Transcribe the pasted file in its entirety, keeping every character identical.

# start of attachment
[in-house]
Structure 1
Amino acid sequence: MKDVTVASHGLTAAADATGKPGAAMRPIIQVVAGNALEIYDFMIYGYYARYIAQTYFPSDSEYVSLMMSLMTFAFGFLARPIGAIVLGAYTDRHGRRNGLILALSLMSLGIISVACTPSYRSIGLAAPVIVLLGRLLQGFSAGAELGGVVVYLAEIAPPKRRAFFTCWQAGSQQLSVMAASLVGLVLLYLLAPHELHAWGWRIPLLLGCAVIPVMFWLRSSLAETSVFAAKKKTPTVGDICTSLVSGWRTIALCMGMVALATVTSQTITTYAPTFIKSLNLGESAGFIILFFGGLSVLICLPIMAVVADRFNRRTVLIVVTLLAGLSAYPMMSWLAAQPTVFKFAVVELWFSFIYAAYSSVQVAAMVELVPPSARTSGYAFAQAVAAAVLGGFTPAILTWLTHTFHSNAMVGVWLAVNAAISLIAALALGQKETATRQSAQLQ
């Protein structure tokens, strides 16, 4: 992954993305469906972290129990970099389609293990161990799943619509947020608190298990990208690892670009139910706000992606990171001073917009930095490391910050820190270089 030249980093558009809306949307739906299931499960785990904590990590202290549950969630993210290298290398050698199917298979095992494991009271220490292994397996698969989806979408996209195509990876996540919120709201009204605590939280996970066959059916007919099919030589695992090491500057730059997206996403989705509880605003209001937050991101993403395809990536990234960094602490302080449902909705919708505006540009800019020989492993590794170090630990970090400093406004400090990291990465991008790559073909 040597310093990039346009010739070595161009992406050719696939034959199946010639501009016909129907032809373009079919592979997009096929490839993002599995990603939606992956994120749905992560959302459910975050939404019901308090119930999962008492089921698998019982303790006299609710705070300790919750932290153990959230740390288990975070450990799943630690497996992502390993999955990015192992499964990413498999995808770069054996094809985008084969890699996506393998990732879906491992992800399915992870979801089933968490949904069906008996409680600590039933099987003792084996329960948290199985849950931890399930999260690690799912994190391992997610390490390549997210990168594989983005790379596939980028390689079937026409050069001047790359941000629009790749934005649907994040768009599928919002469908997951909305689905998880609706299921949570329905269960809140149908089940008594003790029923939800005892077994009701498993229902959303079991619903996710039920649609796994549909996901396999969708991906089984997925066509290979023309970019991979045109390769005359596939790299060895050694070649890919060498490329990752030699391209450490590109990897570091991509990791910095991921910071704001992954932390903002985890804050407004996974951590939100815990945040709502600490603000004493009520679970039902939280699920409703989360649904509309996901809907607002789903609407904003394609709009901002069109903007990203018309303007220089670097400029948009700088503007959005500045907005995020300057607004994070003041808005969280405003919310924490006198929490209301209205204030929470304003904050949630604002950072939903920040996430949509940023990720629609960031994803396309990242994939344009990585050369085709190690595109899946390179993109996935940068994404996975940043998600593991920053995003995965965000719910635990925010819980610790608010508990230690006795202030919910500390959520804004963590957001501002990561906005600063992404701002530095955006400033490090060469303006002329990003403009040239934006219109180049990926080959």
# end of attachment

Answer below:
[in-house]
Structure 1
Amino acid sequence: MKDVTVASHGLTAAADATGKPGAAMRPIIQVVAGNALEIYDFMIYGYYARYIAQTYFPSDSEYVSLMMSLMTFAFGFLARPIGAIVLGAYTDRHGRRNGLILALSLMSLGIISVACTPSYRSIGLAAPVIVLLGRLLQGFSAGAELGGVVVYLAEIAPPKRRAFFTCWQAGSQQLSVMAASLVGLVLLYLLAPHELHAWGWRIPLLLGCAVIPVMFWLRSSLAETSVFAAKKKTPTVGDICTSLVSGWRTIALCMGMVALATVTSQTITTYAPTFIKSLNLGESAGFIILFFGGLSVLICLPIMAVVADRFNRRTVLIVVTLLAGLSAYPMMSWLAAQPTVFKFAVVELWFSFIYAAYSSVQVAAMVELVPPSARTSGYAFAQAVAAAVLGGFTPAILTWLTHTFHSNAMVGVWLAVNAAISLIAALALGQKETATRQSAQLQ
């Protein structure tokens, strides 16, 4: 992954993305469906972290129990970099389609293990161990799943619509947020608190298990990208690892670009139910706000992606990171001073917009930095490391910050820190270089 030249980093558009809306949307739906299931499960785990904590990590202290549950969630993210290298290398050698199917298979095992494991009271220490292994397996698969989806979408996209195509990876996540919120709201009204605590939280996970066959059916007919099919030589695992090491500057730059997206996403989705509880605003209001937050991101993403395809990536990234960094602490302080449902909705919708505006540009800019020989492993590794170090630990970090400093406004400090990291990465991008790559073909 040597310093990039346009010739070595161009992406050719696939034959199946010639501009016909129907032809373009079919592979997009096929490839993002599995990603939606992956994120749905992560959302459910975050939404019901308090119930999962008492089921698998019982303790006299609710705070300790919750932290153990959230740390288990975070450990799943630690497996992502390993999955990015192992499964990413498999995808770069054996094809985008084969890699996506393998990732879906491992992800399915992870979801089933968490949904069906008996409680600590039933099987003792084996329960948290199985849950931890399930999260690690799912994190391992997610390490390549997210990168594989983005790379596939980028390689079937026409050069001047790359941000629009790749934005649907994040768009599928919002469908997951909305689905998880609706299921949570329905269960809140149908089940008594003790029923939800005892077994009701498993229902959303079991619903996710039920649609796994549909996901396999969708991906089984997925066509290979023309970019991979045109390769005359596939790299060895050694070649890919060498490329990752030699391209450490590109990897570091991509990791910095991921910071704001992954932390903002985890804050407004996974951590939100815990945040709502600490603000004493009520679970039902939280699920409703989360649904509309996901809907607002789903609407904003394609709009901002069109903007990203018309303007220089670097400029948009700088503007959005500045907005995020300057607004994070003041808005969280405003919310924490006198929490209301209205204030929470304003904050949630604002950072939903920040996430949509940023990720629609960031994803396309990242994939344009990585050369085709190690595109899946390179993109996935940068994404996975940043998600593991920053995003995965965000719910635990925010819980610790608010508990230690006795202030919910500390959520804004963590957001501002990561906005600063992404701002530095955006400033490090060469303006002329990003403009040239934006219109180049990926080959």